The news is both good and bad for users of free online messaging services like WhatsApp, Viber, Hike, and Skype, and worrisome for social media giant Facebook.
A high-level government committee supports the free-messaging services and goes to the extent of saying all impediments in their path must be removed.
However, its report , put out on the web on Thursday, says voice calls made using the internet do not adhere to regulation, leaving telecom service providers —Airtel, Vodafone, Idea and others — at a disadvantage because they have to follow licence norms.
The document also leaves some issues unresolved, including that of the controversial zero-rating model, on which the telecom regulator must take the final decision as questions of tariff setting and quality of services are in the TRAI’s domain.
The report makes one more distinction, between international voice calls made using the internet and those within the country. It favours a “liberal approach” to international calls. But domestic calls, it says, should follow the same regulation as telecom service providers.
If that were to happen, the consumer may no longer be able to use them for free because costs will go up.
A one-minute standard voice call on the mobile phone, according to the Telecom Regulatory Authority of India, costs the customer 50 paise. A call made using the internet costs just 4p but its quality is often compromised and not as good as that of telecom services.
The committee — chaired by K Bhargava, adviser for technology to the department of telecommunications — is not kind to Facebook’s Internet.org and sees it playing the role of a “gatekeeper”, at least till April this year, when it was giving free access only to a few websites.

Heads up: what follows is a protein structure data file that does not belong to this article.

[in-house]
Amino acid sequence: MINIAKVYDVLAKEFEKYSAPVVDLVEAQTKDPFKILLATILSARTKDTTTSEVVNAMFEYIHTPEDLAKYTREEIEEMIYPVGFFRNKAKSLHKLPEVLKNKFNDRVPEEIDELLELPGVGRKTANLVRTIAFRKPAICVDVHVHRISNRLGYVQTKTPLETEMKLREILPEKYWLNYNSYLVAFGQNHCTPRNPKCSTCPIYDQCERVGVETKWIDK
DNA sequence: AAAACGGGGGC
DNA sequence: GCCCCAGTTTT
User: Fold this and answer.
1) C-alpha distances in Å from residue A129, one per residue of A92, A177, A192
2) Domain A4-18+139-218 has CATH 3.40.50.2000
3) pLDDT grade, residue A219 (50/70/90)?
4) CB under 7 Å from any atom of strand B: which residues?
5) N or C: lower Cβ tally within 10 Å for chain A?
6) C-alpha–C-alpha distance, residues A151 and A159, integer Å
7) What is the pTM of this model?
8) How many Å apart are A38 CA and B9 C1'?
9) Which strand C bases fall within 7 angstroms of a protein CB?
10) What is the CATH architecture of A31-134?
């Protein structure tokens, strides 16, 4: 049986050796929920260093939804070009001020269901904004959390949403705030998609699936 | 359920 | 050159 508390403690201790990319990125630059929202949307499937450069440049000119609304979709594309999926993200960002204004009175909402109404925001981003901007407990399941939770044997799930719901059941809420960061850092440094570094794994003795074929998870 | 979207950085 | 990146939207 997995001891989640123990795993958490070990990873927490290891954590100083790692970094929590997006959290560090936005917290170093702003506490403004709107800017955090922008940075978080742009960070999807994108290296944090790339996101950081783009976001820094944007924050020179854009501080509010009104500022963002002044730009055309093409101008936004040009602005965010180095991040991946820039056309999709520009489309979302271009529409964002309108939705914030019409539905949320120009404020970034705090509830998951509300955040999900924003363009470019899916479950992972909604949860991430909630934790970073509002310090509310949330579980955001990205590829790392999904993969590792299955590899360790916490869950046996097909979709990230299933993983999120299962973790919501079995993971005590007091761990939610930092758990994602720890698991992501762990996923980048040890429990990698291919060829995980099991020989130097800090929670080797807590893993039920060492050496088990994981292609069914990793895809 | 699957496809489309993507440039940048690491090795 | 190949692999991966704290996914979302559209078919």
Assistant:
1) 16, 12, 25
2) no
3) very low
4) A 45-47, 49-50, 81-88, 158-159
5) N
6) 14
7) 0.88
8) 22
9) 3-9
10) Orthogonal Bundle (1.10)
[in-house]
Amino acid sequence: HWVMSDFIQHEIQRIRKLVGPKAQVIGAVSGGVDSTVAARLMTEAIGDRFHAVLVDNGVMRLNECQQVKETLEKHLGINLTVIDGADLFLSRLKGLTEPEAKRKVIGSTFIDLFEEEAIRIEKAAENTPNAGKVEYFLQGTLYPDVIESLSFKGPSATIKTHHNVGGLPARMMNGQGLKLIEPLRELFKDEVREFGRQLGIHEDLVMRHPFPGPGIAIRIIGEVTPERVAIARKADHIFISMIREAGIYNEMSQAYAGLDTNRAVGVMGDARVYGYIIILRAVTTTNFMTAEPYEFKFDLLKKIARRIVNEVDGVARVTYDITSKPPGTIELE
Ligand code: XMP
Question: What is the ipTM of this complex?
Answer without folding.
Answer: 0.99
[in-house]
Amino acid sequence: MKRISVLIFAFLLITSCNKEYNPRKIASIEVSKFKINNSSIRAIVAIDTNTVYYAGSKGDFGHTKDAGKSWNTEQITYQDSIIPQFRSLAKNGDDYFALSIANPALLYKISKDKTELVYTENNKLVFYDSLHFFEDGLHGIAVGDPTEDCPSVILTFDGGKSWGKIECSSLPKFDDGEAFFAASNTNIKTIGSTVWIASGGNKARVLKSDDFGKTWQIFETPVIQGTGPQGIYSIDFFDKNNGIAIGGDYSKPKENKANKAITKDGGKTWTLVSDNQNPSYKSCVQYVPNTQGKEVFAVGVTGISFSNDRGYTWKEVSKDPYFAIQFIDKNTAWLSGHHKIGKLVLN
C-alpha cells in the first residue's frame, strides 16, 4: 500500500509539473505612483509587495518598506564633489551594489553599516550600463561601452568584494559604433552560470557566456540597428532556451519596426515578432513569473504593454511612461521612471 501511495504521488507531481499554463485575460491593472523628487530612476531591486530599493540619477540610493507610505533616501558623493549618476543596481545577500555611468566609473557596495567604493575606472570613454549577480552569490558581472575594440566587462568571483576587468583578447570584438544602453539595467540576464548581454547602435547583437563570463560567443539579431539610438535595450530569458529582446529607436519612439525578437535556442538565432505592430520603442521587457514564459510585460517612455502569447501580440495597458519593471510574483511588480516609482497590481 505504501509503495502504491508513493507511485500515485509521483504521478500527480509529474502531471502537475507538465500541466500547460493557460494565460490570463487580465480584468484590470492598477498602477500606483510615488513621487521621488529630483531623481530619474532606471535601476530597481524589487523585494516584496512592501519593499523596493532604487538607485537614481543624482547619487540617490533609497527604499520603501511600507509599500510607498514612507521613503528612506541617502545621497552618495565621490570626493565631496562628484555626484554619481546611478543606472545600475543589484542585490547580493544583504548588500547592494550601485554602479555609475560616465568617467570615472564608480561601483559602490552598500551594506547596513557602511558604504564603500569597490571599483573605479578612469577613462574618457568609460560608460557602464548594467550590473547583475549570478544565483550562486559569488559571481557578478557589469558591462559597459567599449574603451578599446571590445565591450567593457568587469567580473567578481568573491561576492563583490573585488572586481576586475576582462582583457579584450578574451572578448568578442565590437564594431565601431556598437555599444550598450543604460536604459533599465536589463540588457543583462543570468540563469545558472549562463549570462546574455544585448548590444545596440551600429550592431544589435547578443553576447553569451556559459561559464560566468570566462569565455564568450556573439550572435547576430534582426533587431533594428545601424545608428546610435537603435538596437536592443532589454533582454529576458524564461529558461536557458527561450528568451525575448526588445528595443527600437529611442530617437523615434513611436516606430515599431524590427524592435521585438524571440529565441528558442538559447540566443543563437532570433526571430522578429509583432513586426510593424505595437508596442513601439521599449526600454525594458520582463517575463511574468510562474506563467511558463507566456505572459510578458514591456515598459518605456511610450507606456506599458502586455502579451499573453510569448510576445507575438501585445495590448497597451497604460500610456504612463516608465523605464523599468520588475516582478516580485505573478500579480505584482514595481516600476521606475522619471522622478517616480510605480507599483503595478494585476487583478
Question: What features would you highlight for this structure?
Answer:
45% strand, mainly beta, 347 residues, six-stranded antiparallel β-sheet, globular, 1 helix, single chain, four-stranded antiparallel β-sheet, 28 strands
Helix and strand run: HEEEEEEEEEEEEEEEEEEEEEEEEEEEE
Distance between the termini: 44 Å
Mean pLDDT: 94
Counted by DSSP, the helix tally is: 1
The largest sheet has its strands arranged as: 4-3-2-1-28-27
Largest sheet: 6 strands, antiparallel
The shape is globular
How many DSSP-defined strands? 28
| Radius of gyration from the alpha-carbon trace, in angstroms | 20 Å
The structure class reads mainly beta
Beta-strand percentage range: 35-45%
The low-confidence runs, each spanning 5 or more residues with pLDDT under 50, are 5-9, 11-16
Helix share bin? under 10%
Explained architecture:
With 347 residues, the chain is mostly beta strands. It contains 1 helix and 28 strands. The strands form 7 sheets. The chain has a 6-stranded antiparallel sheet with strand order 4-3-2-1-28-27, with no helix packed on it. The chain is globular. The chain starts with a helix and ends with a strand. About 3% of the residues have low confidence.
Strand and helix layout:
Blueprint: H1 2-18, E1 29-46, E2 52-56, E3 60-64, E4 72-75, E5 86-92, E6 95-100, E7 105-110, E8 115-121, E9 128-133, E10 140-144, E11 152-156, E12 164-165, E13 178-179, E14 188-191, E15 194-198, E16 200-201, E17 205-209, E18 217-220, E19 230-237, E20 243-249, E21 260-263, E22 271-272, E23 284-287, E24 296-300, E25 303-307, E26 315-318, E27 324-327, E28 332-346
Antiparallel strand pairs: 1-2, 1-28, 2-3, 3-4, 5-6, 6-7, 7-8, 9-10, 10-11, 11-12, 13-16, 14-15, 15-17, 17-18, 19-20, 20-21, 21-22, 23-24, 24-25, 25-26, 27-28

One month later, the platform was thrown open to all websites that met certain criteria designed to bring more people on to the internet in an efficient and economical manner.
Internet.org is Facebook’s partnership with Samsung, Ericsson, MediaTek, Opera Software, Reliance and Qualcomm. It seeks to make internet use more affordable in the developing countries. But it has drawn criticism for violating the principle of net neutrality, which says all internet traffic should be treated as equal whether it carries voice, text, images, or video.
The panel’s much-awaited findings came roughly three months after a viral social media campaign garnered over a million signatures in support of net neutrality after widespread anger over a controversial plan by telecom service provider Airtel.
The report leaves it to the TRAI to decide on services like Airtel Zero, which, too, make certain websites free to access on its internet service. Those websites pay Airtel for it.
The principle of net neutrality has been a subject of intense debate in the country in the last few months, more so after Airtel Zero started.